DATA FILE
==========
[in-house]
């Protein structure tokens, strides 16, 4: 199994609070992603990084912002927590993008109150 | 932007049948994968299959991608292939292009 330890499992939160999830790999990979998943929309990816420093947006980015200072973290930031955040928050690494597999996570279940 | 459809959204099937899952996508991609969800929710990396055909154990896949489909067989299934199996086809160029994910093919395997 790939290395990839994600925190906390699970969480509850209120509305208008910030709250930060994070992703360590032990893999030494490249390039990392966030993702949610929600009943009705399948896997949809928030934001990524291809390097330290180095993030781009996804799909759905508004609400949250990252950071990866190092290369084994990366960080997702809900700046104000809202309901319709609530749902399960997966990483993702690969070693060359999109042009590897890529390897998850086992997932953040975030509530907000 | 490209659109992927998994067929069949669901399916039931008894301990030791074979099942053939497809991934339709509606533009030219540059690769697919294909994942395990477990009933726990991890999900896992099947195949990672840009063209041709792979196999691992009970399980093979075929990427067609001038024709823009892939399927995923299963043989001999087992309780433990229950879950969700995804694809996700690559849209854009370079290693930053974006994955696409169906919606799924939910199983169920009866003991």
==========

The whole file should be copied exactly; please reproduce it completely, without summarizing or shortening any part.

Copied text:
[in-house]
């Protein structure tokens, strides 16, 4: 199994609070992603990084912002927590993008109150 | 932007049948994968299959991608292939292009 330890499992939160999830790999990979998943929309990816420093947006980015200072973290930031955040928050690494597999996570279940 | 459809959204099937899952996508991609969800929710990396055909154990896949489909067989299934199996086809160029994910093919395997 790939290395990839994600925190906390699970969480509850209120509305208008910030709250930060994070992703360590032990893999030494490249390039990392966030993702949610929600009943009705399948896997949809928030934001990524291809390097330290180095993030781009996804799909759905508004609400949250990252950071990866190092290369084994990366960080997702809900700046104000809202309901319709609530749902399960997966990483993702690969070693060359999109042009590897890529390897998850086992997932953040975030509530907000 | 490209659109992927998994067929069949669901399916039931008894301990030791074979099942053939497809991934339709509606533009030219540059690769697919294909994942395990477990009933726990991890999900896992099947195949990672840009063209041709792979196999691992009970399980093979075929990427067609001038024709823009892939399927995923299963043989001999087992309780433990229950879950969700995804694809996700690559849209854009370079290693930053974006994955696409169906919606799924939910199983169920009866003991």